Root crops are a valuable addition to the vegetable garden. Beets and sweet potatoes are staples in Bahamian gardens but there are many other root crops that deserve attention.
Beets can be yellow or red but red is favoured locally. The seeds are contained in knobby capsules that make sowing and spacing very easy. They can be grown in rows or in blocks spaced 3 to 4 inches apart and usually take close to three months to harvest.
The standard variety of beet is Detroit Red. It is easy to grow and gives the reward of tasty greens as well as the swollen root. It is best to harvest beets just short of maturity. If the roots stay in the ground too long they will become corky. For this reason it is a good idea to sow the number of plants you can deal with at one time, then two weeks or so later sow another crop. Once pulled from the ground and trimmed of greenery your beets will last for several weeks in the refrigerator.
Beets can be boiled or baked. Baking intensifies the sweetness of the flesh. The sweetness can become sweet and sour if you add vinegar to the cooked beets. In Eastern Europe the preference is for sour cream as an additive.
There are four main types of carrot: Nantes, Chantenay, Danvers and Imperator. The most popular is Chantenay, a classic carrot shape. Nantes is more cylindrical and is known for its distinct flavour. Danvers had broad shoulders and is grown in places where the soil is heavy or rocky. Imperator is by far the largest and can grow to 18 inches but finding that depth of soil in The Bahamas is a problem.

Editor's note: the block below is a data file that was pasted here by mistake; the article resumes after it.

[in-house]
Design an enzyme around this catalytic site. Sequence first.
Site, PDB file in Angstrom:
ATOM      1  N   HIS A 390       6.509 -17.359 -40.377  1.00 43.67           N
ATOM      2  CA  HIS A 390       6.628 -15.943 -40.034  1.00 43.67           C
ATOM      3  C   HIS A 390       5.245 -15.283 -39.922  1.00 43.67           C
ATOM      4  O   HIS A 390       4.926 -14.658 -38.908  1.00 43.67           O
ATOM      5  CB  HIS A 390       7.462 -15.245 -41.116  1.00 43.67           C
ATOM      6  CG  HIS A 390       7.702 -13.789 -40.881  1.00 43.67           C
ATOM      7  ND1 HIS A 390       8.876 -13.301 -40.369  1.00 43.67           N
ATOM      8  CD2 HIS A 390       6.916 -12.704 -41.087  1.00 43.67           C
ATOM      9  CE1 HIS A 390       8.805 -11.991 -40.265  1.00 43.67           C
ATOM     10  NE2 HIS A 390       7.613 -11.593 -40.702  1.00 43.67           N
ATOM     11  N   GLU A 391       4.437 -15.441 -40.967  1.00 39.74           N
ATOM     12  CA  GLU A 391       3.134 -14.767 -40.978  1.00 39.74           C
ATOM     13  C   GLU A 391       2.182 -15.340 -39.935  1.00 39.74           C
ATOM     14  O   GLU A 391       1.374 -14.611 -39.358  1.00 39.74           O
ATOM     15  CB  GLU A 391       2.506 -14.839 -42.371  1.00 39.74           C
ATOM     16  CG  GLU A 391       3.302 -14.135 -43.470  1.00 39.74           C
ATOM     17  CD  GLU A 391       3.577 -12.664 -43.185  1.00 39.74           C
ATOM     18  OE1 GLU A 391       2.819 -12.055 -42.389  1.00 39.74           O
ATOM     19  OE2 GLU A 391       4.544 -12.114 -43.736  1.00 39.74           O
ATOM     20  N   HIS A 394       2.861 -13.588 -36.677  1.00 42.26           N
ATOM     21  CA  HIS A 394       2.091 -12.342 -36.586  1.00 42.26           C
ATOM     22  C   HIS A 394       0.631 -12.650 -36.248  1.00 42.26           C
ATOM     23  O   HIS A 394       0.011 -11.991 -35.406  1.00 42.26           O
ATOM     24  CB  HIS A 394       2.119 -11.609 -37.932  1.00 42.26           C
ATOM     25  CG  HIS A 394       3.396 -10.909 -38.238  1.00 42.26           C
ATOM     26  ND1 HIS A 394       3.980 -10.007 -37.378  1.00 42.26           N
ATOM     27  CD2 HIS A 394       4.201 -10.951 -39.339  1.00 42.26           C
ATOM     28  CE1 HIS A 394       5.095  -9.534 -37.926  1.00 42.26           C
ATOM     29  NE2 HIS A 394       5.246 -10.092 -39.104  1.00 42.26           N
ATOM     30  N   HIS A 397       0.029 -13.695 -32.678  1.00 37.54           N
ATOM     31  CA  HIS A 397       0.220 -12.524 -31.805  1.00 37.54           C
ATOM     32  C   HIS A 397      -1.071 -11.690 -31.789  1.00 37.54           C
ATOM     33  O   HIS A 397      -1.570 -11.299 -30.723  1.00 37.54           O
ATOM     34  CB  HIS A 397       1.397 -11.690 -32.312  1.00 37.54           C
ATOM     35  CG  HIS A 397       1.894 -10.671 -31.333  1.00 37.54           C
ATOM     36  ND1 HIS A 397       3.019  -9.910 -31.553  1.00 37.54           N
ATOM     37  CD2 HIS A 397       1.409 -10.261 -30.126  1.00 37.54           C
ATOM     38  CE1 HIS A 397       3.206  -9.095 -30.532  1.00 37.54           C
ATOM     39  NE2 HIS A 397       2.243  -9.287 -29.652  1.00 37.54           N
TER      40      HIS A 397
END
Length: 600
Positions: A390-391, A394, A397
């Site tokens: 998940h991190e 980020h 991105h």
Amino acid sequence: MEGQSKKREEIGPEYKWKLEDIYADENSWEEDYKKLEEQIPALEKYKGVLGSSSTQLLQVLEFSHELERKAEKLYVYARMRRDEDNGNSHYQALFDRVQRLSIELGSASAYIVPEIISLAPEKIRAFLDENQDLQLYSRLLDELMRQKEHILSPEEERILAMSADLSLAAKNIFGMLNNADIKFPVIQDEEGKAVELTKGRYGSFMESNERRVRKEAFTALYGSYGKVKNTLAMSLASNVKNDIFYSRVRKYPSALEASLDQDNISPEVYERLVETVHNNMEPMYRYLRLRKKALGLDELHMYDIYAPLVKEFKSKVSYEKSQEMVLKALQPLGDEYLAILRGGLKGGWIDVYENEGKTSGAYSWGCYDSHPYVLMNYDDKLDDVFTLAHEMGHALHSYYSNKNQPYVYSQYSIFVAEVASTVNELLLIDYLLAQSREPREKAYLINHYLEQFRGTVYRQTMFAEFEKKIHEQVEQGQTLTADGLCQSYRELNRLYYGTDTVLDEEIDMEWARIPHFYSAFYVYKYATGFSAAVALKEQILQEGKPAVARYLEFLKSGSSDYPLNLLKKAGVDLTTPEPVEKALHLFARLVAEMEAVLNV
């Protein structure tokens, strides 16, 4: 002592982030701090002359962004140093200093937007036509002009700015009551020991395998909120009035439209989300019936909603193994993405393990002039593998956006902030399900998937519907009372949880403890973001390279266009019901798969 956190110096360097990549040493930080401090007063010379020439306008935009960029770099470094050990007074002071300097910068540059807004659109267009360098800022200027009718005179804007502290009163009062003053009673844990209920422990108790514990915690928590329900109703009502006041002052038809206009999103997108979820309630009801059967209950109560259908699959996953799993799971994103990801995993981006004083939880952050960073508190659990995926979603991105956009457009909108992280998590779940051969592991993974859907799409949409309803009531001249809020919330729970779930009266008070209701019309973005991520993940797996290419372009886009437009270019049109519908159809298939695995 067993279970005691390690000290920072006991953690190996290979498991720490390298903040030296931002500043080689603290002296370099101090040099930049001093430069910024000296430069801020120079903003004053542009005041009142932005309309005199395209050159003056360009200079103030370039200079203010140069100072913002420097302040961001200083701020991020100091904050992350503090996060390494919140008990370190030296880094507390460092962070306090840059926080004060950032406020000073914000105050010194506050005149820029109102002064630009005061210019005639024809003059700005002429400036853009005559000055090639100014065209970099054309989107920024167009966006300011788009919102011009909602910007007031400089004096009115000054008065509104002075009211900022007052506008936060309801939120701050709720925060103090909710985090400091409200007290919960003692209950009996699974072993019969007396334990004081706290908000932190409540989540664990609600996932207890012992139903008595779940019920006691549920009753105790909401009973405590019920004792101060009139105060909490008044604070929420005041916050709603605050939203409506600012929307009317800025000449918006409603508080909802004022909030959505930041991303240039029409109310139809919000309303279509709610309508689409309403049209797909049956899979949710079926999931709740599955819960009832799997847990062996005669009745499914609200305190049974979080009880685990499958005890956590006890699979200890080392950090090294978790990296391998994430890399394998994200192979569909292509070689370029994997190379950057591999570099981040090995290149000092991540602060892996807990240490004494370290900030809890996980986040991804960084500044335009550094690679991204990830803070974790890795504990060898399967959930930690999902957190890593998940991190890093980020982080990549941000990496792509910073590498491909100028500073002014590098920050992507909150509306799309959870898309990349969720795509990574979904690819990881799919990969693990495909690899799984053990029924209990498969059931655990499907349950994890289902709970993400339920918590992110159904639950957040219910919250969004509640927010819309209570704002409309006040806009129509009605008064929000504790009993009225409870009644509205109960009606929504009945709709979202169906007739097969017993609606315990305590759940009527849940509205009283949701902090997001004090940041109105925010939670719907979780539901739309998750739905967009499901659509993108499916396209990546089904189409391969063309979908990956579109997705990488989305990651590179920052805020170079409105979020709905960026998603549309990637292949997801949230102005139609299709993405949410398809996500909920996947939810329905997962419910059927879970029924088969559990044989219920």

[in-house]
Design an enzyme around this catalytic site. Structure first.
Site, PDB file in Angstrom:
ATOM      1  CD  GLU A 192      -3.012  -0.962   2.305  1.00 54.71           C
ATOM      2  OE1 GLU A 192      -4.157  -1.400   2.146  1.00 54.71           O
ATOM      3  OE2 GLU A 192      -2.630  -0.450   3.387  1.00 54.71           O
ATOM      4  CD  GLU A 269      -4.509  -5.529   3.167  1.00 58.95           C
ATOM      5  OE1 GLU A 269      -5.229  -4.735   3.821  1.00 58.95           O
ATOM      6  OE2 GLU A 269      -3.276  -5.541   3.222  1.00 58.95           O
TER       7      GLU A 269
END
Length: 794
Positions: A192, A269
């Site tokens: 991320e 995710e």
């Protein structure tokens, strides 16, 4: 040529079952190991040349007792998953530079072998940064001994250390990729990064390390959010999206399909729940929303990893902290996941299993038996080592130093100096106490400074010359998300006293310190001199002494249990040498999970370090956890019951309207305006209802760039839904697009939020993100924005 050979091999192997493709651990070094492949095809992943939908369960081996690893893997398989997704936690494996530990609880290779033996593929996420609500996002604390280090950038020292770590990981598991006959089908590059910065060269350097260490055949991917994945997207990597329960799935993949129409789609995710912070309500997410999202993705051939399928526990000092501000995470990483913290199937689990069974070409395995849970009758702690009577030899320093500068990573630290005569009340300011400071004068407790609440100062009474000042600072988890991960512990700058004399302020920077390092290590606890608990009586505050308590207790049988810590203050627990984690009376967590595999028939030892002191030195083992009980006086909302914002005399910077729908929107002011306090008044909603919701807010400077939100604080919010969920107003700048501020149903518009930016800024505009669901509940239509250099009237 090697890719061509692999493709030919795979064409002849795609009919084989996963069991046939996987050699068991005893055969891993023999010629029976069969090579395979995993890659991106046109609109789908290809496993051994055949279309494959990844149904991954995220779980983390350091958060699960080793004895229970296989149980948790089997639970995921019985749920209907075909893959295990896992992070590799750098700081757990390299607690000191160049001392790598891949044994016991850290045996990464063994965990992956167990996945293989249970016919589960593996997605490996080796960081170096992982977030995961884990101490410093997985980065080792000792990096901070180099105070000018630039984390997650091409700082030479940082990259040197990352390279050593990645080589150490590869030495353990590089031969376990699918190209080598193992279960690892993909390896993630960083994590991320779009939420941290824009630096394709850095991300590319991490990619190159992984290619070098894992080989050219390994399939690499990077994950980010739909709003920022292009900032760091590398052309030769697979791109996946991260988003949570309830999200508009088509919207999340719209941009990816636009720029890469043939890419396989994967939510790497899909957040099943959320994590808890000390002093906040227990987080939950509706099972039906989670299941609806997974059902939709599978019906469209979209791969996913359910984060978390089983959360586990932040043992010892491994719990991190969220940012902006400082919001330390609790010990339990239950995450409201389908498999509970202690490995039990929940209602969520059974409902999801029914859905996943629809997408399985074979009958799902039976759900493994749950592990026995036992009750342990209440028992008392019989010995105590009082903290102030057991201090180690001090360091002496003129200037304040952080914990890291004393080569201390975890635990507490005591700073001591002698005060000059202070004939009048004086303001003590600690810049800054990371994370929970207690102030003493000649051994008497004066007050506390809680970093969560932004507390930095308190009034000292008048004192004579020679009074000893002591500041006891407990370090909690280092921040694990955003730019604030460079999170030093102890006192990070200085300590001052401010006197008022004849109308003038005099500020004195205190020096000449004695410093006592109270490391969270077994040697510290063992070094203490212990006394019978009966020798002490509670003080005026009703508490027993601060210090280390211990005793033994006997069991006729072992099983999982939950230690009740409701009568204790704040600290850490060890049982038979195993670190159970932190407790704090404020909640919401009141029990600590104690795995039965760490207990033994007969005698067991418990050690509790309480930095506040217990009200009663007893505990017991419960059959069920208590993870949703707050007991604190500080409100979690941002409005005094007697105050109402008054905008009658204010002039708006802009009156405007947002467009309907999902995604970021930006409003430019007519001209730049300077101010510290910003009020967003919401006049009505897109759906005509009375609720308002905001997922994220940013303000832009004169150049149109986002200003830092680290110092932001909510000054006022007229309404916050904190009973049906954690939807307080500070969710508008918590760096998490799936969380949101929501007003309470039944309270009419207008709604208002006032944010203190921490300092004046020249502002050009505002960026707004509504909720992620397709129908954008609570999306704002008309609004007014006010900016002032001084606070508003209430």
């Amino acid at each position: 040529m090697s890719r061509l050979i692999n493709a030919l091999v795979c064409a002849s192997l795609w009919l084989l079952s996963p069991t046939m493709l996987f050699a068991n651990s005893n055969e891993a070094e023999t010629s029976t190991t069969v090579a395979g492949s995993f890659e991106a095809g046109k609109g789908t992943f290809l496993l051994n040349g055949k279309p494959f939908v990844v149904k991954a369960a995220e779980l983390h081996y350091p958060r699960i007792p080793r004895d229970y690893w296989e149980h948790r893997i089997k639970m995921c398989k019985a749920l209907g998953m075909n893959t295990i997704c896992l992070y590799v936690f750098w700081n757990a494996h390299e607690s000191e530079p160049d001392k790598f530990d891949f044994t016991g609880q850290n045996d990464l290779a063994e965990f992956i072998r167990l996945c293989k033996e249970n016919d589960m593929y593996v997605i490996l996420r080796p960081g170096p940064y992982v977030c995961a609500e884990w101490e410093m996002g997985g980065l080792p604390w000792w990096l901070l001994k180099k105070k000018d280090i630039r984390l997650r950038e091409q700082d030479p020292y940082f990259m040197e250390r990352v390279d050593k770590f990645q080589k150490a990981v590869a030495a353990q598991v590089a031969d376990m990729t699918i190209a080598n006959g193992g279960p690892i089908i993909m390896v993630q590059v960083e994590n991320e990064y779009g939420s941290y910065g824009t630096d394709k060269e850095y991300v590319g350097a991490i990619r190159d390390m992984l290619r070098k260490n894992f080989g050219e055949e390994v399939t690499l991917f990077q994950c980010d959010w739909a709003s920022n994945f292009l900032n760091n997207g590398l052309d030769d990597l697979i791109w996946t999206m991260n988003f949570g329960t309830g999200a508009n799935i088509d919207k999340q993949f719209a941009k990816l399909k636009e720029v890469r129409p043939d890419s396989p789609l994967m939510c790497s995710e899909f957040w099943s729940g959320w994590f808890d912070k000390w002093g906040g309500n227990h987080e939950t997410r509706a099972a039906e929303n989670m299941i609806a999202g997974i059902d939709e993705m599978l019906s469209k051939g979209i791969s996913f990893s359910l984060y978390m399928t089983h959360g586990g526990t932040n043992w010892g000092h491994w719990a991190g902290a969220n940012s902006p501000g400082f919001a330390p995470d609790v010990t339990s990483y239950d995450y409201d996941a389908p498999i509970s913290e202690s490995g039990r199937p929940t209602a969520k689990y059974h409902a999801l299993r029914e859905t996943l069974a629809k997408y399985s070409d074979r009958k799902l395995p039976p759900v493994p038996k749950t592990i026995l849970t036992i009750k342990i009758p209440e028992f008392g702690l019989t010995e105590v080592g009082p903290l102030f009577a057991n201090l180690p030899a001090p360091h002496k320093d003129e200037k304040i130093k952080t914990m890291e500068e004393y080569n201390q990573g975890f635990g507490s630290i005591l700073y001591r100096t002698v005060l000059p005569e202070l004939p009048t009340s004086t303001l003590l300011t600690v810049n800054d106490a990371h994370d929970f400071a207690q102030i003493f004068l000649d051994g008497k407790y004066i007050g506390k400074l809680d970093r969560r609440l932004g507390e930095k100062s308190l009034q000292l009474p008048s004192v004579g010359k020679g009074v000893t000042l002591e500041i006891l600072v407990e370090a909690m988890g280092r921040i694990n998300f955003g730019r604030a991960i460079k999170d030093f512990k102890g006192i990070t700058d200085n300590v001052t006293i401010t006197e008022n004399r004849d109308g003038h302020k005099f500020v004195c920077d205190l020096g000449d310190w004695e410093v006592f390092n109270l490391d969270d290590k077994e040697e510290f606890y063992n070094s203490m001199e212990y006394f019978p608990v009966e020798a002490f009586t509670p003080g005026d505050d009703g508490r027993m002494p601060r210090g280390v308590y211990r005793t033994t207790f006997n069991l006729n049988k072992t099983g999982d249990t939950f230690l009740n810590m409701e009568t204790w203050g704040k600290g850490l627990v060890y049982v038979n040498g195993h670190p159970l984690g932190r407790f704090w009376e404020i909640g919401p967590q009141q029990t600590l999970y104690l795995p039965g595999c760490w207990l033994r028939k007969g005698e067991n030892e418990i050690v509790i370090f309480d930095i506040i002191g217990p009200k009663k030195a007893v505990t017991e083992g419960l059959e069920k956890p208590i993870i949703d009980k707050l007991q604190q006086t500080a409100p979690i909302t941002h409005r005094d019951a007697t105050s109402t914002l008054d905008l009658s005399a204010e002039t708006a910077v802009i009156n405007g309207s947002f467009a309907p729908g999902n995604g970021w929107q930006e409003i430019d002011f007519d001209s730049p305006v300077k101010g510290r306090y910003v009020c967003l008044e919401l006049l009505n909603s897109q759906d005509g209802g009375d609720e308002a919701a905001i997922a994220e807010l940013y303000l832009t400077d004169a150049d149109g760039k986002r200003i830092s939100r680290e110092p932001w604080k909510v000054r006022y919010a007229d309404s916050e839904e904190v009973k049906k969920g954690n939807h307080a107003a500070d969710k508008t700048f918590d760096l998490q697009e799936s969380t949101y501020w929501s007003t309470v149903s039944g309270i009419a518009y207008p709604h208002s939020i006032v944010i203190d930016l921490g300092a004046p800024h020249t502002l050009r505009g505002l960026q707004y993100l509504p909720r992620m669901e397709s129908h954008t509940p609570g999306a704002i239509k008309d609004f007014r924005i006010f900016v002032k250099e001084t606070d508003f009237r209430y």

When sown in blocks the spacing between carrots is two inches, three for Danvers. Carrots like rich soil but the presence of active compost can cause side roots to develop. Old compost that has been in the soil for months is fine but areas with any recent applications should be avoided.
The fastest growing root crop is radish. Small ones go from seed to table in a month. The current craze for Korean kimchi has led to interest in daikon, a long white radish that is big but easy to grow. Turnips are little used in The Bahamas but radishes when cooked lose their peppery flavour and taste like turnips.
Sweet potatoes love sandy soil and also need fertilizer that is very low in nitrogen in order to promote root growth rather than leafiness. The most popular sweet potato is boniato, white and large, but there are many other varieties available with yellow or white flesh.
Sweet potatoes are grown from slips by allowing sprouts to grow from the narrow end of mature potatoes. When these sprouts become slips over 12 inches in length that have a brown bark they can be cut and planted at a steep angle in the soil. The foliage provides a fine ground cover and selecting sweet potatoes by digging into the soil with your fingers is an art.
Irish potatoes are best started in January and we will deal with them then.
There are a number of what are known as native crops that include eddoes, yams, cassava and malanga. Most of these demand lots of water and are grown near ponds but malanga – a smallish hairy tuber with rich sticky flesh – does not need damp conditions. Plant a single tuber and harvest a year later. Large tubers such as cassava should be planted as 2-inch cut sections and sown about 2-inches deep.